Political parties remain deadlocked over the legislation of a special bill aimed at addressing issues resulting from the ferry disaster in April, prompting victims’ families to stage a hunger strike on Monday to urge the immediate formation of a probe team.
The families have been conducting a sit-in at the National Assembly since Saturday to criticize lawmakers tasked with writing the “special Sewol bill,” named after the ferry sinking that left more than 300 dead or missing. They are demanding that the probe team be given the right to investigate the maritime disaster and indict those responsible under the special law.
Lawmakers have listened and the prospective legislation will involve reparation payments to victims’ families and the formation of a special team to determine the causes of the accident. But partisan bickering over how much legal authority should be granted to the fact-finding team has been stalling the bill’s passage, angering families.
|Yellow paper boats symbolizing the April 16 Sewol ferry disaster are arranged in various formations on a lawn outside the National Assembly on Monday. (Lee Gil-dong/The Korea Herald)|
Monday’s hunger strike put pressure on lawmakers to give the team both investigative and indictment powers.
“Ever since the April 16 ferry disaster, the government, parliament, and rescue teams have all asked us to wait. We are tired of waiting. We are here to ask the National Assembly to promptly pass the Sewol bill,” a father of a victim said.
Victims’ families and opposition parties say the team should have the power to probe public institutions such as the Coast Guard and the Navy. The families charge that investigators should have indictment powers as well, although not all opposition lawmakers agree.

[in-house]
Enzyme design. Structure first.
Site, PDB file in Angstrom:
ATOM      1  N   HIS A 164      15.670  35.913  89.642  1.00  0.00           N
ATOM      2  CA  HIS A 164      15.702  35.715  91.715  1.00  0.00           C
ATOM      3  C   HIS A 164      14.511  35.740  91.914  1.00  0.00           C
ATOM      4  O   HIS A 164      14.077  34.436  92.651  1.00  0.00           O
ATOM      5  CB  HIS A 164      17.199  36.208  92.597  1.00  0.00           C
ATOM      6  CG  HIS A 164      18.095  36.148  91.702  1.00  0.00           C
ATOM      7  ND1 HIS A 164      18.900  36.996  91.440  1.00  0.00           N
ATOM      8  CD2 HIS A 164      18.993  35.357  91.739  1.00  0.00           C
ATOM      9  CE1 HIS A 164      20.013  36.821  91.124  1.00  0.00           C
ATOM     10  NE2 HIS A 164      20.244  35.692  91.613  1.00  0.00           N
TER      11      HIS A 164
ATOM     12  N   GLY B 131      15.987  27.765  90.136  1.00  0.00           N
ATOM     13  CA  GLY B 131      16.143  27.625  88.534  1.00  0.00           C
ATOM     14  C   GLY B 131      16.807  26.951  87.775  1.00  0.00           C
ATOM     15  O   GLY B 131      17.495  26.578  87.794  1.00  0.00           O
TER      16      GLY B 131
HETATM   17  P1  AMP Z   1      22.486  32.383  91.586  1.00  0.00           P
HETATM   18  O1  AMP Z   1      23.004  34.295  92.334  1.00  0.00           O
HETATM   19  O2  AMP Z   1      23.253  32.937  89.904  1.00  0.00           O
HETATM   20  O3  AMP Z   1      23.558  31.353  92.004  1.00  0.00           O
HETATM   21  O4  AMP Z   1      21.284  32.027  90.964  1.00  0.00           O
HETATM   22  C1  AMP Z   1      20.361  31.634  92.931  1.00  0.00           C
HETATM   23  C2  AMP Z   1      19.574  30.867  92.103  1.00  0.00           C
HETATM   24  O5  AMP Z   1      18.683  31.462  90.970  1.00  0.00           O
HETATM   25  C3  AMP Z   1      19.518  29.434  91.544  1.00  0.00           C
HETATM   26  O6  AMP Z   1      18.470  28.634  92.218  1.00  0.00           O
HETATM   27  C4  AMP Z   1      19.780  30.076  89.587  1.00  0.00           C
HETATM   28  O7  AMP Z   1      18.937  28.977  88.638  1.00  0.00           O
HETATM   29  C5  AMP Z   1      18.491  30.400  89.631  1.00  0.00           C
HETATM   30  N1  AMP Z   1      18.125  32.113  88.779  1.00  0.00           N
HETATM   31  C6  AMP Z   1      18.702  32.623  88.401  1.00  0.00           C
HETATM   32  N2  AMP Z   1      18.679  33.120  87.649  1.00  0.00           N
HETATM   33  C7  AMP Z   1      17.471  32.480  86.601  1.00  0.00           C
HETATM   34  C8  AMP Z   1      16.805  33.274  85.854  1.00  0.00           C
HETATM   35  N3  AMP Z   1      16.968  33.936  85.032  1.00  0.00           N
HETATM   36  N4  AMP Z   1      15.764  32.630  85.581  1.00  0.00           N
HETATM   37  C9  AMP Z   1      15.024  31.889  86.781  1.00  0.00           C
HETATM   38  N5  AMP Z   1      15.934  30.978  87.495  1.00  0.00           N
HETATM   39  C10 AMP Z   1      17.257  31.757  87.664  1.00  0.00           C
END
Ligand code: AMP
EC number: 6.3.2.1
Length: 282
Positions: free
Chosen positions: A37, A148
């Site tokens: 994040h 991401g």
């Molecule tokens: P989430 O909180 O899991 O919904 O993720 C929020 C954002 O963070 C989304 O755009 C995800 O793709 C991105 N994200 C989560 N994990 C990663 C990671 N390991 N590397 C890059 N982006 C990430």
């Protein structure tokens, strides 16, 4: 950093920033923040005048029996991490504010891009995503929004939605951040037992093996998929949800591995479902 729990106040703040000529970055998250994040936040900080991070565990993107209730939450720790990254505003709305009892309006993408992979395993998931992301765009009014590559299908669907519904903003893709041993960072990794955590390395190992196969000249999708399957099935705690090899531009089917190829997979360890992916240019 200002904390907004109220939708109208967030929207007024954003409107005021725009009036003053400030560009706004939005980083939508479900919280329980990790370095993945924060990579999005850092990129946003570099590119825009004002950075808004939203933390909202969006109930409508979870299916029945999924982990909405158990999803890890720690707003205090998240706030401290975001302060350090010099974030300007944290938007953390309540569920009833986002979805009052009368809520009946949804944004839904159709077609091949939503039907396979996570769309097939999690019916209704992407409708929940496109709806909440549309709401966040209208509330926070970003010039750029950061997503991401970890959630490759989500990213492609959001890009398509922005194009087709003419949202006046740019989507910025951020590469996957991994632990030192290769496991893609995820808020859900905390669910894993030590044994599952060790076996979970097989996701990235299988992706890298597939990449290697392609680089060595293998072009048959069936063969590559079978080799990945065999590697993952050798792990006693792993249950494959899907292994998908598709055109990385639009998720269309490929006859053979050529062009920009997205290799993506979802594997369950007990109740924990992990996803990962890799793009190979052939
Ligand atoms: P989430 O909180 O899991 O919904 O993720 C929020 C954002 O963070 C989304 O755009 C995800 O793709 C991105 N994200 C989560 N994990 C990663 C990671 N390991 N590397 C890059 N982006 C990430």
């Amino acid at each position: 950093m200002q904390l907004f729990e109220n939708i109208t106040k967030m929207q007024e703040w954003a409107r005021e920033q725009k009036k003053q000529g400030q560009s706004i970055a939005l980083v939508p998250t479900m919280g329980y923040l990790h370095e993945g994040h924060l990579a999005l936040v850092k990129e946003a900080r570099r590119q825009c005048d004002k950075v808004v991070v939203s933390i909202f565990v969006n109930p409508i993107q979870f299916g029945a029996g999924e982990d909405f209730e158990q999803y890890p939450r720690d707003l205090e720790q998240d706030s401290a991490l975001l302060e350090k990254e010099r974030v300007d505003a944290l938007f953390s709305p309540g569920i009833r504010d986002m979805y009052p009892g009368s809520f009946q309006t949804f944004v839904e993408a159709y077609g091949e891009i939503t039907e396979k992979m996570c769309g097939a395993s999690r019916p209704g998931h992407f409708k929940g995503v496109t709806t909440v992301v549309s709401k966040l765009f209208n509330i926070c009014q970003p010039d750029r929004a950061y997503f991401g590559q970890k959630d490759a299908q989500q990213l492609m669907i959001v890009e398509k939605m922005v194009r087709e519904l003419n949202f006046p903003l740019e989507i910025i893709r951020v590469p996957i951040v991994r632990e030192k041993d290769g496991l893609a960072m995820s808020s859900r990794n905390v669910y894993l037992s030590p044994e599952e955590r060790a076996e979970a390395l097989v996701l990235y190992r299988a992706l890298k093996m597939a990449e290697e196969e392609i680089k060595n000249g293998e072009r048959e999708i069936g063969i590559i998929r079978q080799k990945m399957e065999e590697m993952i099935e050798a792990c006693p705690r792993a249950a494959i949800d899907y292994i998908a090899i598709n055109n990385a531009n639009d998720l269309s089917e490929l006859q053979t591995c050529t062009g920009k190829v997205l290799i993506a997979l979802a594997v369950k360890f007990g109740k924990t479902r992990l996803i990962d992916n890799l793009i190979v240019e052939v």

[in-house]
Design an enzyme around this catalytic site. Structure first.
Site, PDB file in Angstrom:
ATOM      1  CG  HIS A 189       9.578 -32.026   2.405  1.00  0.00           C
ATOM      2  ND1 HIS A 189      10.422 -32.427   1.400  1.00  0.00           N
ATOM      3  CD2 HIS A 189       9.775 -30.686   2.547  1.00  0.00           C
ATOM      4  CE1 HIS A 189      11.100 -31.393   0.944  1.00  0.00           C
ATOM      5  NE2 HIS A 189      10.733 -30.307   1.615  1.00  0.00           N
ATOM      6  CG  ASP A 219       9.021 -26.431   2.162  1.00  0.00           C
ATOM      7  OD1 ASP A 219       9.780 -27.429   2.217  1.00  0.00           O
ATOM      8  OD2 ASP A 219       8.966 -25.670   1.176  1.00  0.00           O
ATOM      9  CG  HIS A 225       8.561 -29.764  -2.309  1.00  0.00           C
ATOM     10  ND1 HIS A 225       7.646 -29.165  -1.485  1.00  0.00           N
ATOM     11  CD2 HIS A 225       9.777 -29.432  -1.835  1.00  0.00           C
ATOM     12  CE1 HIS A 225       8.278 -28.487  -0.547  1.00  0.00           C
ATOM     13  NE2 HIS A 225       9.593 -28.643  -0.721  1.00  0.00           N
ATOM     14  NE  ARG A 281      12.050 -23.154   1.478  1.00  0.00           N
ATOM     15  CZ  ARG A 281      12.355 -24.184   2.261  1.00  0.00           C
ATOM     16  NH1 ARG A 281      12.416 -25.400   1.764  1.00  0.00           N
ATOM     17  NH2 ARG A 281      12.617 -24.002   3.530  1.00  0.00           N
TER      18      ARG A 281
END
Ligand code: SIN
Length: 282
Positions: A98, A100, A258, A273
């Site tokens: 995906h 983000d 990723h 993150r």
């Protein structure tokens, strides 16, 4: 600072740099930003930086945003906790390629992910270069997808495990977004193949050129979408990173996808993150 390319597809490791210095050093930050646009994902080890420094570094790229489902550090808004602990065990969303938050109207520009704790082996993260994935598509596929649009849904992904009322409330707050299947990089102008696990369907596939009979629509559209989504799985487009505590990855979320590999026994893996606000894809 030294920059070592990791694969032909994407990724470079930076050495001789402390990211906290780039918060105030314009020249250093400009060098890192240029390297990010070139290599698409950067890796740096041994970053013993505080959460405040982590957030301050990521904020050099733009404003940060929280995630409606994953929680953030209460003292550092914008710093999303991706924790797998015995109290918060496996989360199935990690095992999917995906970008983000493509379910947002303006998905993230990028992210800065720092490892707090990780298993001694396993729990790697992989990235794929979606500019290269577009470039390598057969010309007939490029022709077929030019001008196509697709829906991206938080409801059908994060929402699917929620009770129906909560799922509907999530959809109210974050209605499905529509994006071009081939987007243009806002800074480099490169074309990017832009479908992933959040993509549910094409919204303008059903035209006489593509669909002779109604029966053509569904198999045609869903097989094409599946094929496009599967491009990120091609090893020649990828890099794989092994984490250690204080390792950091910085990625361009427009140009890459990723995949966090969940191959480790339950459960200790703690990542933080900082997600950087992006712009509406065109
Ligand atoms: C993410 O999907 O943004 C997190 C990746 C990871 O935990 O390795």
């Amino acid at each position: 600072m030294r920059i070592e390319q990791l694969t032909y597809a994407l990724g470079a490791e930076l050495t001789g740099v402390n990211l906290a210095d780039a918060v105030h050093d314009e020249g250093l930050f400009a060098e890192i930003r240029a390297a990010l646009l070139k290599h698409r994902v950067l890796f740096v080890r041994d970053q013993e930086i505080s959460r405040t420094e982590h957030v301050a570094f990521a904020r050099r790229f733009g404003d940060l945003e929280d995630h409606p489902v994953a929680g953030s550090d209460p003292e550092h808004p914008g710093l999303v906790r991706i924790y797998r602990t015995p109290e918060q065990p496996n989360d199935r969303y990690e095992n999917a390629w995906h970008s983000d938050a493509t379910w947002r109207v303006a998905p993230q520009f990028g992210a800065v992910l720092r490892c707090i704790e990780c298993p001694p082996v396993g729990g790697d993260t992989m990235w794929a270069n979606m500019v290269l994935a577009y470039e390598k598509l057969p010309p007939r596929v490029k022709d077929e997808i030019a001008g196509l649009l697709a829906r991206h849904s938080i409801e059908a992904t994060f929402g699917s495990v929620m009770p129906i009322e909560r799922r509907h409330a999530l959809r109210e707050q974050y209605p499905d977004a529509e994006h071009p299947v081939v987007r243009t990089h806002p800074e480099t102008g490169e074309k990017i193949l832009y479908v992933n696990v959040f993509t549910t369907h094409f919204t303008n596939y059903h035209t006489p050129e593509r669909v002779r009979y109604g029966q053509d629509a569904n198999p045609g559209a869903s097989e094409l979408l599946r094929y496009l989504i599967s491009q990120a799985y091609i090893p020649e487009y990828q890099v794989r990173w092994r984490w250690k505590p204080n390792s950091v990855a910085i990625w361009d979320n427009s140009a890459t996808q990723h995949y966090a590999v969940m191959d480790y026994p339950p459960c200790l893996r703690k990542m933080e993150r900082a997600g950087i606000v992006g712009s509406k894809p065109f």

Ruling Saenuri Party legislators say the fact-finding team should be limited to determining the causes of the disaster. They say giving investigative and indictment powers to the team would overstep the principle of the separation of powers between the judicial and legislative branches of government.
Another thorny issue in the Sewol bill centers on the surviving students at Danwon High School.
Most of the victims of the ferry accident were students of the high school in Ansan, Gyeonggi Province. Some conservative as well as liberal parliamentarians say the surviving students should be given special admission to colleges.
Danwon students deserve this special favor because they fell behind in schoolwork after the accident, lawmakers said.
The Saenuri Party has proposed giving financial incentives to colleges if they widen special admissions to accept students from Danwon High School.
Opposition parties have suggested ordering universities to accept Danwon students in excess of their annual acceptance quotas. Lawmakers say this would prevent Danwon students from “taking the places” of potentially more qualified students in college admissions.
The Education Ministry has declined to commit to any legal plan, partially because of public criticism that Danwon students do not deserve special treatment.
“I understand they are victims. But this does not justify their receiving special treatment in college admissions,” one Internet comment read.
By Jeong Hunny (firstname.lastname@example.org)